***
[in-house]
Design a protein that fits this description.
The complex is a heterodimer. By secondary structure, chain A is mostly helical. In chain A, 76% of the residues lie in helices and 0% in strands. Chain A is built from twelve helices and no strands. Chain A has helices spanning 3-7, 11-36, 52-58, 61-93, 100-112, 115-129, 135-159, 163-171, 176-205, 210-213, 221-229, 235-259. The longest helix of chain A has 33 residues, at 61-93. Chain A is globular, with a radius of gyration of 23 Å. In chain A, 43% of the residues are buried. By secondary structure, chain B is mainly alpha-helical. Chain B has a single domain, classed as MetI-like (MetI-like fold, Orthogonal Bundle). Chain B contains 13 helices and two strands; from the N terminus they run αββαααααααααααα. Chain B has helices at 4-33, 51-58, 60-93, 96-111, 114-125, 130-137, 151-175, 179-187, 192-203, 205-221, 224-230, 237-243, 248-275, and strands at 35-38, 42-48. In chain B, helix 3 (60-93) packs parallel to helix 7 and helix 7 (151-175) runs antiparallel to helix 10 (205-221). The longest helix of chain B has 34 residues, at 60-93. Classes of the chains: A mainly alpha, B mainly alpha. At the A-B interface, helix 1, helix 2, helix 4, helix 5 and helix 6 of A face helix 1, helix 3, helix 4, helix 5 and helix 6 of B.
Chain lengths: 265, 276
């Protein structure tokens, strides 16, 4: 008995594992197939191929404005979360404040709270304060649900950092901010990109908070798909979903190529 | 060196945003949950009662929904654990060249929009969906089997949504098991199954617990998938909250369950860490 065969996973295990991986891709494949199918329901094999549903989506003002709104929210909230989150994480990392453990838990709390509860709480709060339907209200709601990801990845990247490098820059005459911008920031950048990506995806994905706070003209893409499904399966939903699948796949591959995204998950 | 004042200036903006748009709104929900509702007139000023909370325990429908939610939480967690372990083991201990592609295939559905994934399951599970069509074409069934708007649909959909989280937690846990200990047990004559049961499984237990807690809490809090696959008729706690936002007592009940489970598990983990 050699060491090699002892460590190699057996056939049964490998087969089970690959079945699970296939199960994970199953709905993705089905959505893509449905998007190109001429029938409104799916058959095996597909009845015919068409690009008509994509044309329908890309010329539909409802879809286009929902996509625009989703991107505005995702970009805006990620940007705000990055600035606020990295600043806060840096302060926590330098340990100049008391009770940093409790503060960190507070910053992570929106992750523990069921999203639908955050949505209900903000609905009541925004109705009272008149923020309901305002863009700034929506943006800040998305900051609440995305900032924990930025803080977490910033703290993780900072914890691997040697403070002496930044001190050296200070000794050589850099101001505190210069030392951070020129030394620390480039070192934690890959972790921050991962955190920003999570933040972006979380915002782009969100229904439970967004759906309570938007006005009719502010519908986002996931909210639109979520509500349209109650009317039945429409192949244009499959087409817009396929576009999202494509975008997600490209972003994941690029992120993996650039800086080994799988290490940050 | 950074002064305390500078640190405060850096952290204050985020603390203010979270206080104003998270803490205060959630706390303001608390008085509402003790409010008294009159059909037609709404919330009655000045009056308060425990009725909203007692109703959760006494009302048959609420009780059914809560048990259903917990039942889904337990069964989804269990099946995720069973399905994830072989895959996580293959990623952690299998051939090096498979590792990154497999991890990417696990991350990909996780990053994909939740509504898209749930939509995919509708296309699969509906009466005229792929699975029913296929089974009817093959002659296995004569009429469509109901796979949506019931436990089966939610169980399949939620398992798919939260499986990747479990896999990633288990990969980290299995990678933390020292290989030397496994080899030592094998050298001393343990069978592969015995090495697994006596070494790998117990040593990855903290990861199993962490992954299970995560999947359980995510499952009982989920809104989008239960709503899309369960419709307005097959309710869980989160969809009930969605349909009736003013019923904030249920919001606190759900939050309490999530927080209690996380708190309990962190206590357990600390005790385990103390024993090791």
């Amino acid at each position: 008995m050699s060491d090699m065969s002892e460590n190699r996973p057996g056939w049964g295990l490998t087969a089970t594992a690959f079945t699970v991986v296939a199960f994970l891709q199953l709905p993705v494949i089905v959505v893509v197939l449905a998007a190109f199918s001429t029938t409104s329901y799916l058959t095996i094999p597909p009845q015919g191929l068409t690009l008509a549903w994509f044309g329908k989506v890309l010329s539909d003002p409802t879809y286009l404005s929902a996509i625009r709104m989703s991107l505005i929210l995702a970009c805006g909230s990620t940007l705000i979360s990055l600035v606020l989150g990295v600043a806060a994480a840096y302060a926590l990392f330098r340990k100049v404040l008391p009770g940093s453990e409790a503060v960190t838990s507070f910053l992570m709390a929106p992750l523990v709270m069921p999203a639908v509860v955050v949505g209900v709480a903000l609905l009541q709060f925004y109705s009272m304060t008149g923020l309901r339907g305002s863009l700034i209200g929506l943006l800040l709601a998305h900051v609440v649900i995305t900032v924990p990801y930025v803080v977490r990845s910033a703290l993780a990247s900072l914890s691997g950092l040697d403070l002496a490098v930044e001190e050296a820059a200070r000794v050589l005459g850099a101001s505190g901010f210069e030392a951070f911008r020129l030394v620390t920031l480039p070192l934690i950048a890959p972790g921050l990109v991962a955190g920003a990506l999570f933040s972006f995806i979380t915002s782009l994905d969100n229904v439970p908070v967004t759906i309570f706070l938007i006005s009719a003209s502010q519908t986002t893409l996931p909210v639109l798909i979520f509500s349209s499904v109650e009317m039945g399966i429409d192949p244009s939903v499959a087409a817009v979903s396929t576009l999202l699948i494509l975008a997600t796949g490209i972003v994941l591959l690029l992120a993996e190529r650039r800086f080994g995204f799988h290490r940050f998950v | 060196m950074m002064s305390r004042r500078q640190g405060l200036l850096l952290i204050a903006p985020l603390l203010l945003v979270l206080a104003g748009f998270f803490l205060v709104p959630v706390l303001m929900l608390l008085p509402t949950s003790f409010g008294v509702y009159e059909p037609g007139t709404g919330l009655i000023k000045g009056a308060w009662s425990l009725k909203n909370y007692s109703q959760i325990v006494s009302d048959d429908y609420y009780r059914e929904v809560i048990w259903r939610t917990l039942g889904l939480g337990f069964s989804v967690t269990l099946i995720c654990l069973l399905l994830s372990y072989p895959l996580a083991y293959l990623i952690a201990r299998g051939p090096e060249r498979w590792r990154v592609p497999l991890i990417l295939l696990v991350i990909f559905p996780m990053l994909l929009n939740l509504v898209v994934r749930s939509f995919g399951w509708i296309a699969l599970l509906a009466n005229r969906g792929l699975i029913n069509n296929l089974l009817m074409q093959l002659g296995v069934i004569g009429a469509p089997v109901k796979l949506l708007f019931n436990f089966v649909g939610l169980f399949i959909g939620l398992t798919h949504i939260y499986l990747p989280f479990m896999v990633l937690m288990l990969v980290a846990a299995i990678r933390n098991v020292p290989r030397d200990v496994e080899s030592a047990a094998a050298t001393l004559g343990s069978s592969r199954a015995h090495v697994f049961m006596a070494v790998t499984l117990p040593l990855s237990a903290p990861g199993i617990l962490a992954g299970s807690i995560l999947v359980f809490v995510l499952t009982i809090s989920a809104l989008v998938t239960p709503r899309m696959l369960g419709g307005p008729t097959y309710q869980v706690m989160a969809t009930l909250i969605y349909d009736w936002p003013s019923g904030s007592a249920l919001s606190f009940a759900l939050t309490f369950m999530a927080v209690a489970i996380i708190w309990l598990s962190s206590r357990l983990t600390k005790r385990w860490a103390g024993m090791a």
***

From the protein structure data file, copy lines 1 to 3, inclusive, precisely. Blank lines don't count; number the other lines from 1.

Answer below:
[in-house]
Design a protein that fits this description.
The complex is a heterodimer. By secondary structure, chain A is mostly helical. In chain A, 76% of the residues lie in helices and 0% in strands. Chain A is built from twelve helices and no strands. Chain A has helices spanning 3-7, 11-36, 52-58, 61-93, 100-112, 115-129, 135-159, 163-171, 176-205, 210-213, 221-229, 235-259. The longest helix of chain A has 33 residues, at 61-93. Chain A is globular, with a radius of gyration of 23 Å. In chain A, 43% of the residues are buried. By secondary structure, chain B is mainly alpha-helical. Chain B has a single domain, classed as MetI-like (MetI-like fold, Orthogonal Bundle). Chain B contains 13 helices and two strands; from the N terminus they run αββαααααααααααα. Chain B has helices at 4-33, 51-58, 60-93, 96-111, 114-125, 130-137, 151-175, 179-187, 192-203, 205-221, 224-230, 237-243, 248-275, and strands at 35-38, 42-48. In chain B, helix 3 (60-93) packs parallel to helix 7 and helix 7 (151-175) runs antiparallel to helix 10 (205-221). The longest helix of chain B has 34 residues, at 60-93. Classes of the chains: A mainly alpha, B mainly alpha. At the A-B interface, helix 1, helix 2, helix 4, helix 5 and helix 6 of A face helix 1, helix 3, helix 4, helix 5 and helix 6 of B.